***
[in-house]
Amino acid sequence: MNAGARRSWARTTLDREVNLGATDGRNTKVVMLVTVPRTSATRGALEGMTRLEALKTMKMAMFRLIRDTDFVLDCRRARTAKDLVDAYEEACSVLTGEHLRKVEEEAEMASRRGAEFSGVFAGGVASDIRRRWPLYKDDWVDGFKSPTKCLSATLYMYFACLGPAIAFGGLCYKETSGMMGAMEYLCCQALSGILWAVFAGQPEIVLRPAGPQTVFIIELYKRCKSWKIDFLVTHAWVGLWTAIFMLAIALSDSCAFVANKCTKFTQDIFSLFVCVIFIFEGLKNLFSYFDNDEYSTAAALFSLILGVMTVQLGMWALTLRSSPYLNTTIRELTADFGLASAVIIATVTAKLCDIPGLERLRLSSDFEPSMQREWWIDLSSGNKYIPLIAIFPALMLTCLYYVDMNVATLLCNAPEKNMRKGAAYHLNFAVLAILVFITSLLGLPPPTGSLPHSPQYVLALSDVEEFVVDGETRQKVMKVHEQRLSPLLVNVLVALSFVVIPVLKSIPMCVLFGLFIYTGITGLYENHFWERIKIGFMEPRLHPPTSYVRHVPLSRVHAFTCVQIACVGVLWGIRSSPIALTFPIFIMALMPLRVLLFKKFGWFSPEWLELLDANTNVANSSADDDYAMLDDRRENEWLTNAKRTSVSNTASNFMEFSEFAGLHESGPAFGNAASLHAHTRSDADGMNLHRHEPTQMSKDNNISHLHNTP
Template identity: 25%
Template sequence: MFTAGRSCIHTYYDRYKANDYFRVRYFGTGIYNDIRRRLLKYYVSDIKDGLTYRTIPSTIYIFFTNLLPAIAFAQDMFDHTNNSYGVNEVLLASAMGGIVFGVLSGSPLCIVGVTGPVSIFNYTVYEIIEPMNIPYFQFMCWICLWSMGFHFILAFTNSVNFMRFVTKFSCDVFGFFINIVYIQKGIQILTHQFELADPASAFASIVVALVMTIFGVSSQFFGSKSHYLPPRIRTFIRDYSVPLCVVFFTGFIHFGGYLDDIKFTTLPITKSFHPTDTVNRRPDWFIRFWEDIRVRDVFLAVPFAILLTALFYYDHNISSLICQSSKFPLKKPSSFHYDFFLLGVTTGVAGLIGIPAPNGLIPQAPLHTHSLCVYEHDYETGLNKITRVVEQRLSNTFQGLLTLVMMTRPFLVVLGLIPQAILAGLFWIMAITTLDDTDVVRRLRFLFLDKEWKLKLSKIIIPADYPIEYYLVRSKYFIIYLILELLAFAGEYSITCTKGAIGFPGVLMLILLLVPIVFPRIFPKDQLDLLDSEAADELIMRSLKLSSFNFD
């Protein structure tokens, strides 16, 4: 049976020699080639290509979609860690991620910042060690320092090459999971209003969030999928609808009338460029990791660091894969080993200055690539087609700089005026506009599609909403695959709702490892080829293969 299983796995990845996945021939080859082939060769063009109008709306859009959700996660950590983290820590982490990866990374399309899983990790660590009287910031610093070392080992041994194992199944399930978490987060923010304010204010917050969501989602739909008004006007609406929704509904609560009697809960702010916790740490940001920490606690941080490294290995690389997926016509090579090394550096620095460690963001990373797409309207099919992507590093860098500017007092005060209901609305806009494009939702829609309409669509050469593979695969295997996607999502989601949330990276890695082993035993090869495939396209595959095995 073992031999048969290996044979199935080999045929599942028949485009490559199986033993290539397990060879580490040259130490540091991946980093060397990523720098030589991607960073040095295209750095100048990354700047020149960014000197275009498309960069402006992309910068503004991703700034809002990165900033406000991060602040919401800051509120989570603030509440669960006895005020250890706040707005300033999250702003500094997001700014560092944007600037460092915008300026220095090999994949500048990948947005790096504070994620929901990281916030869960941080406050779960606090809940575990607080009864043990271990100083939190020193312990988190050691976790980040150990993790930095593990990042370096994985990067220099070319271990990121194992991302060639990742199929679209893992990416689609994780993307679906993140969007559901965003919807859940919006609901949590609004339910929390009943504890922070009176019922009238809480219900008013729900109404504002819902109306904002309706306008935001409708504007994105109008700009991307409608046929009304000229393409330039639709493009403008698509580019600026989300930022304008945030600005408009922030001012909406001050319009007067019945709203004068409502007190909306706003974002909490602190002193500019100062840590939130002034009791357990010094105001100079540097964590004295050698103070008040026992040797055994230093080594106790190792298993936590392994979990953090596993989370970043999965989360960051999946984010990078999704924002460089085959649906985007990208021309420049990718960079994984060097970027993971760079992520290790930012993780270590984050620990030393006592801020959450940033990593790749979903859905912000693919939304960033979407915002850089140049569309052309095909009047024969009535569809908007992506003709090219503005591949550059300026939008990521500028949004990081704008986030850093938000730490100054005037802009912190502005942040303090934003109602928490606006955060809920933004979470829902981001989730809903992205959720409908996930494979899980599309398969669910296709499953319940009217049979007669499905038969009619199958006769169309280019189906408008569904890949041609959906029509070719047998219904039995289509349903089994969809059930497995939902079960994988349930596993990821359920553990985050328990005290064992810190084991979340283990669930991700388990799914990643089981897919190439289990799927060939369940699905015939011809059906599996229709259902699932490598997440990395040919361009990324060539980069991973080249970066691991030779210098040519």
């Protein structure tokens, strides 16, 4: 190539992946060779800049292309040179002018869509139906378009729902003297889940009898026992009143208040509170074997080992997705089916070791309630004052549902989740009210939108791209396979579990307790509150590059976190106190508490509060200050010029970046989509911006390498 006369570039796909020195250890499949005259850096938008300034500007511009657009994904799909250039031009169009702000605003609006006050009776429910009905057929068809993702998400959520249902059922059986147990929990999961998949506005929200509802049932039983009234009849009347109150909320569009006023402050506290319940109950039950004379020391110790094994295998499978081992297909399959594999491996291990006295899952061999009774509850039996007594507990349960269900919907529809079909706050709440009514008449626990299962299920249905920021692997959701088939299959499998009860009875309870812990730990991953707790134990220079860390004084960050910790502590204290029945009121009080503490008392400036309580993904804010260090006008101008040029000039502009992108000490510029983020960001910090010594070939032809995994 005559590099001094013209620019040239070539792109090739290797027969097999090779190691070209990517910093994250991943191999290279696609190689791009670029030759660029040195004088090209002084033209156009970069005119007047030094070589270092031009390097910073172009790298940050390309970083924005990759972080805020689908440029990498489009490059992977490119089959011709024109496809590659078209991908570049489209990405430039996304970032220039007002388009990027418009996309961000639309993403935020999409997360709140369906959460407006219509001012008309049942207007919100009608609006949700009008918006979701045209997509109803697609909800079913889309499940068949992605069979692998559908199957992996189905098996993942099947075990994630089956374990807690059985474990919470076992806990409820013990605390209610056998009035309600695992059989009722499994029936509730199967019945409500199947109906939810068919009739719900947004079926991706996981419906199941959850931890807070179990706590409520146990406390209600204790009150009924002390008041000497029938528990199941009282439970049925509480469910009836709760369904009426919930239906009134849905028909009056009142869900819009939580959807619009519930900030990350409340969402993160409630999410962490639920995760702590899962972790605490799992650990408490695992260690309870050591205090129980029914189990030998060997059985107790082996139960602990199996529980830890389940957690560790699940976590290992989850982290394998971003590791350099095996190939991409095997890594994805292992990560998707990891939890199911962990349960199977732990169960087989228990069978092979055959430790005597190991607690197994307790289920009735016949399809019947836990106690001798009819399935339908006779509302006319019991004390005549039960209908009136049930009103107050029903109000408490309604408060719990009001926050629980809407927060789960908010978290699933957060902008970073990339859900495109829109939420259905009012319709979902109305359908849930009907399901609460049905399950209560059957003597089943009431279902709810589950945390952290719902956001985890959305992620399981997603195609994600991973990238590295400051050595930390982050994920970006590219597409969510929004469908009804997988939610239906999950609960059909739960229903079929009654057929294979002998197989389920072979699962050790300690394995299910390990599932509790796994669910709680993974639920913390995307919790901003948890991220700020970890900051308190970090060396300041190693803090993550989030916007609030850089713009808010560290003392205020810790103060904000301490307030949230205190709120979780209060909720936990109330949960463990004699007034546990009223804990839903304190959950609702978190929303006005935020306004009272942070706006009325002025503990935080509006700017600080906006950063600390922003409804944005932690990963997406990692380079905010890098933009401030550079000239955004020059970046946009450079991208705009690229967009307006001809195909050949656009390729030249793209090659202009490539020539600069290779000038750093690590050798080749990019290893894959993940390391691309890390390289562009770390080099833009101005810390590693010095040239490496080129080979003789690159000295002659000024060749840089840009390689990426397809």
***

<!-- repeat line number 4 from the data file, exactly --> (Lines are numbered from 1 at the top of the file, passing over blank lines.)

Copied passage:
Template sequence: MFTAGRSCIHTYYDRYKANDYFRVRYFGTGIYNDIRRRLLKYYVSDIKDGLTYRTIPSTIYIFFTNLLPAIAFAQDMFDHTNNSYGVNEVLLASAMGGIVFGVLSGSPLCIVGVTGPVSIFNYTVYEIIEPMNIPYFQFMCWICLWSMGFHFILAFTNSVNFMRFVTKFSCDVFGFFINIVYIQKGIQILTHQFELADPASAFASIVVALVMTIFGVSSQFFGSKSHYLPPRIRTFIRDYSVPLCVVFFTGFIHFGGYLDDIKFTTLPITKSFHPTDTVNRRPDWFIRFWEDIRVRDVFLAVPFAILLTALFYYDHNISSLICQSSKFPLKKPSSFHYDFFLLGVTTGVAGLIGIPAPNGLIPQAPLHTHSLCVYEHDYETGLNKITRVVEQRLSNTFQGLLTLVMMTRPFLVVLGLIPQAILAGLFWIMAITTLDDTDVVRRLRFLFLDKEWKLKLSKIIIPADYPIEYYLVRSKYFIIYLILELLAFAGEYSITCTKGAIGFPGVLMLILLLVPIVFPRIFPKDQLDLLDSEAADELIMRSLKLSSFNFD